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Written by Sheena Beronio

In the spring of 2016, Philip Lamy taught in Castleton College on a topic circling the history of hashish. He said that that was the first time some unenrolled person would sit and listen in his lecture.

He said that “lots of them sat on the ground, since we had no seats left, simply to interact on this matter, which all of us felt was considerably revolutionary.” 

Topics such as hashish is a largely hot and often daredevil type of topic to be spoken or taught off in public. Statehouses often frown at laws allowing the marketplace to be swamped with recreational cannabis. So you can imagine the feverish curiosity of students about hashish. Some state schools offer courses exploring hashish, but Castleton pioneered a full Hashish Research Certificates program.

With the help of Lamy, the program became final in fall. The program has become like an attraction. 120 college kids enrolled in at least one of the lessons of the course, while 12 enrollees signed to get the full program.

The program provides different perspectives and schools of thought about hashish. For example, a full-time program student would know about the business economics, historical, sociological, and anthropological facets of hashish. The system is divided into three major programs, namely, Canna-Enterprise; Hashish, Cultivation and Care; and Hashish, Tradition and Consciousness — and an internship element.

“Most of what I’ve seen throughout the nation is schools and universities specializing in cultivation, CBD manufacturing, and the medicinal results of marijuana. However, only a few which are trying on the historical past, the sociology, the enterprise facets of it. We’re doing all of it,” as per Lamy.

The system didn’t just pop out of nowhere. It went through a rigorous process of inquisition, doubts on the way the curriculum was designed, and more. Lamy stated that “this system was, in fact, controversial and a whole lot of the controversy stemmed from the truth that marijuana continues to be unlawful on the federal degree.”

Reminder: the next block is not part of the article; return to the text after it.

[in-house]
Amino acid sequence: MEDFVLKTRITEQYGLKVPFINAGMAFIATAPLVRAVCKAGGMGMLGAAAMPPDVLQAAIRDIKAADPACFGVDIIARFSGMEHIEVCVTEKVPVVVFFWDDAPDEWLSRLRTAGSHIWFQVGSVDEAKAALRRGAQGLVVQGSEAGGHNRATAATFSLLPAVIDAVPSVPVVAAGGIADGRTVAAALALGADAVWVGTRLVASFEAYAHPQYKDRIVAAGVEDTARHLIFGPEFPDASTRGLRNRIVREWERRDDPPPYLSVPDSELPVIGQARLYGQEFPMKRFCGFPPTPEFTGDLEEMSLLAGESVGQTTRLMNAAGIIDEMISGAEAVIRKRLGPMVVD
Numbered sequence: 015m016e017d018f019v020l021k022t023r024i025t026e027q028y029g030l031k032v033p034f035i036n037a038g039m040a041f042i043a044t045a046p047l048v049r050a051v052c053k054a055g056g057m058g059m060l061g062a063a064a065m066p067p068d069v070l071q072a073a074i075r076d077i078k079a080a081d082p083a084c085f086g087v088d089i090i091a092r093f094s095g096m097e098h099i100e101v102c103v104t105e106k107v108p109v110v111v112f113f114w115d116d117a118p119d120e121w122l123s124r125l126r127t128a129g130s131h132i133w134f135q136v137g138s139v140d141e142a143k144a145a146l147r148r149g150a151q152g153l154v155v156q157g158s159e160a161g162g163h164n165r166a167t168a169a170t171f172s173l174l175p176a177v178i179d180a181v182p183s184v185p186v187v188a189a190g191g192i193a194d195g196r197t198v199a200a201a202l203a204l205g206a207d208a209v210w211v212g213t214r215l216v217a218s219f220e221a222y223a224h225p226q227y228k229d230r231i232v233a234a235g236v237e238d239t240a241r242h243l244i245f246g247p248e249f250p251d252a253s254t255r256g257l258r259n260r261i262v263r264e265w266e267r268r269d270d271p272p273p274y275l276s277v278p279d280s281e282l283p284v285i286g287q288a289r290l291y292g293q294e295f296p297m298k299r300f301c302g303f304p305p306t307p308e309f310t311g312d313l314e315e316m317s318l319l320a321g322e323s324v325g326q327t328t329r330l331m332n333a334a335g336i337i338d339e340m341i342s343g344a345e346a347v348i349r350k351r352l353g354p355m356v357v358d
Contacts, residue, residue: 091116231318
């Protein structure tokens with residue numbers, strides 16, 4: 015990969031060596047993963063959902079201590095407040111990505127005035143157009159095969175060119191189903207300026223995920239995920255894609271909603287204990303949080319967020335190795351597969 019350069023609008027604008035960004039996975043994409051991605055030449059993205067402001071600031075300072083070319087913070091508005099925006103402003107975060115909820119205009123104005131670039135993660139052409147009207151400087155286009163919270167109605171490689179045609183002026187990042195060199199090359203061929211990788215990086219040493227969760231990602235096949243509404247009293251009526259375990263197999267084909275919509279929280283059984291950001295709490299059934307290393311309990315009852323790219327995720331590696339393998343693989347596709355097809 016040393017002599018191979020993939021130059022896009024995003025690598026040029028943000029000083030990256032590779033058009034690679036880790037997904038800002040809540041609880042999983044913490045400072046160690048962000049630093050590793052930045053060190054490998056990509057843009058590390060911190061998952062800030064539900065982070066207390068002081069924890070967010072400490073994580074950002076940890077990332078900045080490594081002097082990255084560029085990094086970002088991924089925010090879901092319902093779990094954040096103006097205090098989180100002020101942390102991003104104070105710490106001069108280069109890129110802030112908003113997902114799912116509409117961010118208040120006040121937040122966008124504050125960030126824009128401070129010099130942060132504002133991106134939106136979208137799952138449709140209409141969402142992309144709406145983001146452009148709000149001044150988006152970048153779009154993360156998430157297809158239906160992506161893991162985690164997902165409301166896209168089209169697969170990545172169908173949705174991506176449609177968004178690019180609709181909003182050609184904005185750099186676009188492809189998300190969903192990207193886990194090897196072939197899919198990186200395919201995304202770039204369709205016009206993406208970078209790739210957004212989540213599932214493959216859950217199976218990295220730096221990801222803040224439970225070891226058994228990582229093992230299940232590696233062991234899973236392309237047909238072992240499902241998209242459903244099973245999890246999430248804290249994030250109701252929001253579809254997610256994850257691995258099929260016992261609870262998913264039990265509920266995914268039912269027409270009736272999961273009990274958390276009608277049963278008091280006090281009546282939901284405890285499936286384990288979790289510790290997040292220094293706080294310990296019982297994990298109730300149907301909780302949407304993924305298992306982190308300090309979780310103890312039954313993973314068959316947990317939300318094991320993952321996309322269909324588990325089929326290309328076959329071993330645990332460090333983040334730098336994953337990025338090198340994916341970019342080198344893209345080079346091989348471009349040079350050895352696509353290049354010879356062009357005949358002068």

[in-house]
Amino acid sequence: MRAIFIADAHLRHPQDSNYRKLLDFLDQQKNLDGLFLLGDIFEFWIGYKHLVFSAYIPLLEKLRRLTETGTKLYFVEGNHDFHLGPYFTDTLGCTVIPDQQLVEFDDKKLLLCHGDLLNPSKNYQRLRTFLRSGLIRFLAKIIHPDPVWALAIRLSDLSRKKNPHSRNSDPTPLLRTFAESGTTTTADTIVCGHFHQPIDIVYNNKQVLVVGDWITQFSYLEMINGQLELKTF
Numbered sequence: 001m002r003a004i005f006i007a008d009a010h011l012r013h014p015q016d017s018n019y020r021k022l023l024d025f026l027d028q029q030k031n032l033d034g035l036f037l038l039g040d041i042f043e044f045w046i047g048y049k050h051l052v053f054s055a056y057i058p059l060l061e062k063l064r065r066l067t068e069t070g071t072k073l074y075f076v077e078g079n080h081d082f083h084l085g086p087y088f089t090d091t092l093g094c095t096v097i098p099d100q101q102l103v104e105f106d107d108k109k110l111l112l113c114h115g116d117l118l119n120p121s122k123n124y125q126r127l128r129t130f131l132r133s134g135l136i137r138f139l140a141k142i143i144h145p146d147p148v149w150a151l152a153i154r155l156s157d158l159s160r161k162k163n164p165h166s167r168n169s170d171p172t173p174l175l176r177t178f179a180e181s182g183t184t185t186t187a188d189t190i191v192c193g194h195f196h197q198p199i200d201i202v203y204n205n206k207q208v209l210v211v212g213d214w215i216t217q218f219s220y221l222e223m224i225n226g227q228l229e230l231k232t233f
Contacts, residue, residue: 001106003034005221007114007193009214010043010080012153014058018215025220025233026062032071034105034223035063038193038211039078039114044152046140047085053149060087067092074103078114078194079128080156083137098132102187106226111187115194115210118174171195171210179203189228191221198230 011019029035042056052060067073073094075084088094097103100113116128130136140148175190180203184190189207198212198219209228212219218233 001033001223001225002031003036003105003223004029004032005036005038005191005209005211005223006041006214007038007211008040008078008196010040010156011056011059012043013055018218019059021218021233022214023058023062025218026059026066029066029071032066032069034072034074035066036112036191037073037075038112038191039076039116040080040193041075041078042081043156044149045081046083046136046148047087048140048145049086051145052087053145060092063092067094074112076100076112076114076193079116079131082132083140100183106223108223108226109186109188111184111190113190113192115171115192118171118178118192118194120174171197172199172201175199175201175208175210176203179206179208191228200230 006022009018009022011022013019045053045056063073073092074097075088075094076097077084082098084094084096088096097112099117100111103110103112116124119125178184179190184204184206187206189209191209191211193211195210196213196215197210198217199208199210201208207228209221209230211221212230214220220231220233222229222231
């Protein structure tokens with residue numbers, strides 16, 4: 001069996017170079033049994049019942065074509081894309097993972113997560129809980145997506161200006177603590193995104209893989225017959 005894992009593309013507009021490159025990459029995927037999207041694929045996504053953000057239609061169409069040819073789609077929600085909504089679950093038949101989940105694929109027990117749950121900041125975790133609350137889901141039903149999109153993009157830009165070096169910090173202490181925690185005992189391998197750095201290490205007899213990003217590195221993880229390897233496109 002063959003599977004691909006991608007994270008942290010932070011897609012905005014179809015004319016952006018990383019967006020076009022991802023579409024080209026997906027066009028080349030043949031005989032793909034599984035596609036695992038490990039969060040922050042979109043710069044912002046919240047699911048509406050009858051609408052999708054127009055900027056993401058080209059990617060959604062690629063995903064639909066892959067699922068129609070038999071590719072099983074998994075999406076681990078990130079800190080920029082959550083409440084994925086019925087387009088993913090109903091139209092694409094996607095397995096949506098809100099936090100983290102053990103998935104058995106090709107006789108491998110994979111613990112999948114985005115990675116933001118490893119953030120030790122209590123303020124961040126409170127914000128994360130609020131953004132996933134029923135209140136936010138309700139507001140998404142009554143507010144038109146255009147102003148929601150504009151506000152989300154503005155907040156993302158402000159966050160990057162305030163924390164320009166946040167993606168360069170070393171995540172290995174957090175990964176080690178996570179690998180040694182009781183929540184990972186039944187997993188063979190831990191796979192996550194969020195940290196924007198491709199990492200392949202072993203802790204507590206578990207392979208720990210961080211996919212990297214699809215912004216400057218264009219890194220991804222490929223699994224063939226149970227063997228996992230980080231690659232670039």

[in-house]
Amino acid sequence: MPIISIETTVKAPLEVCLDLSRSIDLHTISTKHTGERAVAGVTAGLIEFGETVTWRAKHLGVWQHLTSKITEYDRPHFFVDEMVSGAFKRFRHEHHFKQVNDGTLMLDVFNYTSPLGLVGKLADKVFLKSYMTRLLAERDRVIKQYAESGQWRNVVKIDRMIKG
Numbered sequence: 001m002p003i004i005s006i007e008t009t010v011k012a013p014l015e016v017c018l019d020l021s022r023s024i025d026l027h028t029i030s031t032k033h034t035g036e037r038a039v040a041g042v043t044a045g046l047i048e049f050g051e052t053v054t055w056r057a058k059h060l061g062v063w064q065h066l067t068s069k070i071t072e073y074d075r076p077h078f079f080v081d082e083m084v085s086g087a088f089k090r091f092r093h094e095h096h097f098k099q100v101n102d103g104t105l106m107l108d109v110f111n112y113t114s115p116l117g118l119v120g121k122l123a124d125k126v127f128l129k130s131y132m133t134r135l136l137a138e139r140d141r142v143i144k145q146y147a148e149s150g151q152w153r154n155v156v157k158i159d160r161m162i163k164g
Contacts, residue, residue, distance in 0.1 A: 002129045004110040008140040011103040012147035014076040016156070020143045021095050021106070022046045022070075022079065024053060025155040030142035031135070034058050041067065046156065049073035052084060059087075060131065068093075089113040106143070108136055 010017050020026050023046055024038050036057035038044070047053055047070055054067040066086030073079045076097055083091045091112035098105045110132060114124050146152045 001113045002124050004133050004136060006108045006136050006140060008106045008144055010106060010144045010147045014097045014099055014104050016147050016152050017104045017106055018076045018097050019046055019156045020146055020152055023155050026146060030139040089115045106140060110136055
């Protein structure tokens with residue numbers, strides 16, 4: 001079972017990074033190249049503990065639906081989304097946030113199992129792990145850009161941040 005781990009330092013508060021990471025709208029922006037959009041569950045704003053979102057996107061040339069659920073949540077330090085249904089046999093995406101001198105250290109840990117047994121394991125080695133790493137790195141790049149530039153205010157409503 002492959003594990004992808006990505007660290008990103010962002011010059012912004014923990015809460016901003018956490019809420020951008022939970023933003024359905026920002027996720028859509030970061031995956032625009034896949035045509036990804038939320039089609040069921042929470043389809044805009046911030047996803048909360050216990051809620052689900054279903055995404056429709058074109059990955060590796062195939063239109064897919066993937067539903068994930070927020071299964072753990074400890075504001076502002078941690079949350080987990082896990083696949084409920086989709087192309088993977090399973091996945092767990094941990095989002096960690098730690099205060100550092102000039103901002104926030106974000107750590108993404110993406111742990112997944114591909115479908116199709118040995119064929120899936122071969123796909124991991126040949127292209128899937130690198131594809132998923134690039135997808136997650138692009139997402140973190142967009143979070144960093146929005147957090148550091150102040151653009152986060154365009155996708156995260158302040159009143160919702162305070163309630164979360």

The funding points of the program limits the number of would-be enrollees from the non-traditional and part-time college students sector. The program is worth $1,500 per course without a scholarship and other deductibles. One of Lamy’s hopes was for the program to attract conventional faculty college students and non-traditional college students like native farmers to enroll.

Unfortunately, non-degree college students aren’t considered for federal monetary support. Part-time college students aren’t considered too for federal monetary support specifically for this kind of program. Although privileged to gain federal monetary support, Castleton full-time students face some restrictions upon enrolling in the program. For example, full-time students should enroll in 12 research-related credits that are non-hashish.

Although the restrictions don’t seem to affect the number of enrollees of the program, Dean of Enrollment Maurice Ouimet says that “the priority goes ahead, with sensitivities round the price of larger training, on the whole, an increasing number of college students are opting to go part-time, and an increasing number of non-traditional college students are coming again to complete their diploma,” he stated. “I feel the pattern going ahead is we’ll see extra college students in that class.” 

Lamy hopes to develop the system to evolve into a minor to a major subject or course. Still, for now, Lamy and the other developers would like to put the program within a shortened summer season period.

Photos Courtesy of Virginia Mercury